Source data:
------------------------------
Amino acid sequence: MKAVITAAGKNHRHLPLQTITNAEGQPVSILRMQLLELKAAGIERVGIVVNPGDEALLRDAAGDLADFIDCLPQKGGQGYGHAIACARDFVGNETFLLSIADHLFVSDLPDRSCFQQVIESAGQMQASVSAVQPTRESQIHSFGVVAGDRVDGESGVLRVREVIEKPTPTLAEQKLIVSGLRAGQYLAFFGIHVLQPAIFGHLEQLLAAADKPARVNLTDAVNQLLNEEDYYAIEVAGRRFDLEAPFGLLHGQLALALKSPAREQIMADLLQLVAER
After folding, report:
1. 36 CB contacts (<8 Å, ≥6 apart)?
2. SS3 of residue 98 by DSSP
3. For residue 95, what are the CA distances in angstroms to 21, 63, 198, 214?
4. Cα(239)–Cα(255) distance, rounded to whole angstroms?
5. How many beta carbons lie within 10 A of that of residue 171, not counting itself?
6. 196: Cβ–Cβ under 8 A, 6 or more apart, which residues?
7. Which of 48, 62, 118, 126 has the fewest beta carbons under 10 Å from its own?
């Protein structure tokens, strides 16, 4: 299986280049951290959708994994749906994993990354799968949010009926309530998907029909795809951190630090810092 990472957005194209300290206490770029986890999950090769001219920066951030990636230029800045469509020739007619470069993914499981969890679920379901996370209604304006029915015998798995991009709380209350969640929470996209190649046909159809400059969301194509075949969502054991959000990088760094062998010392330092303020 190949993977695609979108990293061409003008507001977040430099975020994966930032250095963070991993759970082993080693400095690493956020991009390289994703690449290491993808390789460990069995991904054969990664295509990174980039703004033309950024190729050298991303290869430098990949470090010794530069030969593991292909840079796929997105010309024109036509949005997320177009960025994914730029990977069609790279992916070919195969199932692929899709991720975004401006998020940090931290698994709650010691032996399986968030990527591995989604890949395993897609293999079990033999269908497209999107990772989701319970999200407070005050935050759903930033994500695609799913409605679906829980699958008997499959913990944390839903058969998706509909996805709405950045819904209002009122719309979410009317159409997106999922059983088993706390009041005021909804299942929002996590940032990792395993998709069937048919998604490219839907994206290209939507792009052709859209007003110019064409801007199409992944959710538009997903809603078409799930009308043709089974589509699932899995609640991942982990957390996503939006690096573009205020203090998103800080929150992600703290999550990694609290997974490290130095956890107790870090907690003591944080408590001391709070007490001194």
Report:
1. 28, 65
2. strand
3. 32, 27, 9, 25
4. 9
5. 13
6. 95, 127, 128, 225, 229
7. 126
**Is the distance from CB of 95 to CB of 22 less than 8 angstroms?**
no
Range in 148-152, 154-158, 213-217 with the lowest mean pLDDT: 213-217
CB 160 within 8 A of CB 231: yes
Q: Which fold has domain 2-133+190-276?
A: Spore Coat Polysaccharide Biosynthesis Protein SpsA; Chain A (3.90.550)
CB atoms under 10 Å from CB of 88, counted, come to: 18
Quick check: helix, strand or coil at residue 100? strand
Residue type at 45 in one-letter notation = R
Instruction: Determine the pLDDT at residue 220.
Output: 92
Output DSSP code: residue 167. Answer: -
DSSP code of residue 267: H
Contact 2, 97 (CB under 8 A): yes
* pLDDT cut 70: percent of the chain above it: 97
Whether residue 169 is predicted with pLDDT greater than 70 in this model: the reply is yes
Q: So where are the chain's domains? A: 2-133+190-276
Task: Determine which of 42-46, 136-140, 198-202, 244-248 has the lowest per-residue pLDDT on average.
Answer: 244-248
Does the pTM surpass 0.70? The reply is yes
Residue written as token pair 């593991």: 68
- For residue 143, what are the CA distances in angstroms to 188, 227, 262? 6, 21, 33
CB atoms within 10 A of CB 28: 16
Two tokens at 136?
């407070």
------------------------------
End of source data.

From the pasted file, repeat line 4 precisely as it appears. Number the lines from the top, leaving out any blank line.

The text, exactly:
2. SS3 of residue 98 by DSSP